Incentive Program at Nellis
By Tech. Sgt. Anthony Mutti, 104th Fighter Wing
/ Published November 17, 2010
Nellis Air Force Base, Nevada -- When you work all day long in the hot Nevada sun preparing F-15s for flight, or you struggled for weeks before a deployment, readying cargo and coordinating airlift for a mission, an opportunity to be part of the execution of the mission, from the backseat is an invaluable tool for motivating and educating the Airmen who work so hard for missions to succeed.
While the wing was supporting the Weapons School course at Nellis Air Force Base, a number of deserving Airmen had an opportunity to sit in the back-seat of an F-15D and experience first hand the fruits of their labors. "This type of trip allowed us to offer a few incentive rides . . . as thanks [for their hard work, and to reward] some [members] at the end of their career and as a motivator for those just beginning," said Capt. Michael Dibrindisi, 104th Fighter Maintenance Officer.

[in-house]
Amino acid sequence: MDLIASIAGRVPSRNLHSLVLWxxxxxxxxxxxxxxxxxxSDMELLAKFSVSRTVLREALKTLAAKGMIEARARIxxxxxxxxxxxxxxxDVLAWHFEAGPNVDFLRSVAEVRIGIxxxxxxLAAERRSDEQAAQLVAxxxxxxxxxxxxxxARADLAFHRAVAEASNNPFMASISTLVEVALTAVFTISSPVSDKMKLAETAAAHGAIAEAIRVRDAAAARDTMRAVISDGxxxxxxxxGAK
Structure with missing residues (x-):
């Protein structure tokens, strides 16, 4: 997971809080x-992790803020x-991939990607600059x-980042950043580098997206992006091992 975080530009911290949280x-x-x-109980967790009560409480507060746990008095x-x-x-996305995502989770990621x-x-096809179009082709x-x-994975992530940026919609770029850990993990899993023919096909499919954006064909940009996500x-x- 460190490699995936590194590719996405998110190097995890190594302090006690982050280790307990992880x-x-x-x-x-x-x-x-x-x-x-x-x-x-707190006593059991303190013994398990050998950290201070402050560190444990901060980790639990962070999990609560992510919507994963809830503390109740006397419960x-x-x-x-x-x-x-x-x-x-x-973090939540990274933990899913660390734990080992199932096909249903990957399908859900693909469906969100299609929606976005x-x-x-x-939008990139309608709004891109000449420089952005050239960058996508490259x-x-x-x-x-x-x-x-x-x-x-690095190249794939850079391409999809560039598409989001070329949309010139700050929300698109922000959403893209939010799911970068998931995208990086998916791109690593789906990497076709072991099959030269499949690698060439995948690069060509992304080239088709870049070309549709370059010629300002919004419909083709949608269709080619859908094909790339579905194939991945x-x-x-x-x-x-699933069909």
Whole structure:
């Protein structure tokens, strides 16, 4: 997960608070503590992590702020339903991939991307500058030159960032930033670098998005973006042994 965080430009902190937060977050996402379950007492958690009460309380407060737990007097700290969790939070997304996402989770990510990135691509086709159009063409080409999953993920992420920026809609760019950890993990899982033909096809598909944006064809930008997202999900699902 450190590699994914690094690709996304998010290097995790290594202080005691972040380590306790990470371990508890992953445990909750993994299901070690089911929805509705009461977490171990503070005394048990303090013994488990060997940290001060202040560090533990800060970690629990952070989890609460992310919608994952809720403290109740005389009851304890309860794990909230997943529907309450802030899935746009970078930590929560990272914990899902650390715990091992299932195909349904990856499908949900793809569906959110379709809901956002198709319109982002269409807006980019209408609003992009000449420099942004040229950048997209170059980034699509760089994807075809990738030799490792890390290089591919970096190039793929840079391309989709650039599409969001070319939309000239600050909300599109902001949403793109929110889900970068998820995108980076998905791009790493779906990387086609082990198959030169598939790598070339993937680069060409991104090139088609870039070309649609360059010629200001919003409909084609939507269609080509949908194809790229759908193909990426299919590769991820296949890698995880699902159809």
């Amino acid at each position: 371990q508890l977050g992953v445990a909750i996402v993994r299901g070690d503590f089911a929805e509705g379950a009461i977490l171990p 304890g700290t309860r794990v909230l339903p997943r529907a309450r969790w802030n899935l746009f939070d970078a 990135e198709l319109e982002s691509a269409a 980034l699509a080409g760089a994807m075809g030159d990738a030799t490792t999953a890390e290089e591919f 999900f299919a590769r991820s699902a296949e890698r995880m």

"The best rollercoaster ever!" is how TSgt. James O'Brien described his incentive ride. "I've been in for 30 years this November and they gave me a good anniversary present. We flew over the Hoover Dam, Grand Canyon, and then at a few thousand feet through the unrestricted air space of death valley . . . the one and half hour ride felt like 15 minutes - I was having so much fun!"
"It means a lot to us to be able to bring the two seat model out here and we fly as many Airmen as we can during the two week trip- getting them in the backseat and saying well-done!" said Lt. Col. David "Moon" Halasi-kun.
The area surrounding Nellis Air Force Base provides an ideal opportunity for the pilots to highlight the capabilities of the F-15 to the members flown in the backseat. The proximity to restricted airspace allows the pilots to fly low and high at speeds they cannot typically do in Massachusetts due to the congested airways.
"The Airmen are so motivated when they know they have an opportunity to fly in the F-15," said Halasi-kun. "Not many Airmen get a chance to break the sound barrier and pull up to 9 Gs (nine times the force of gravity)."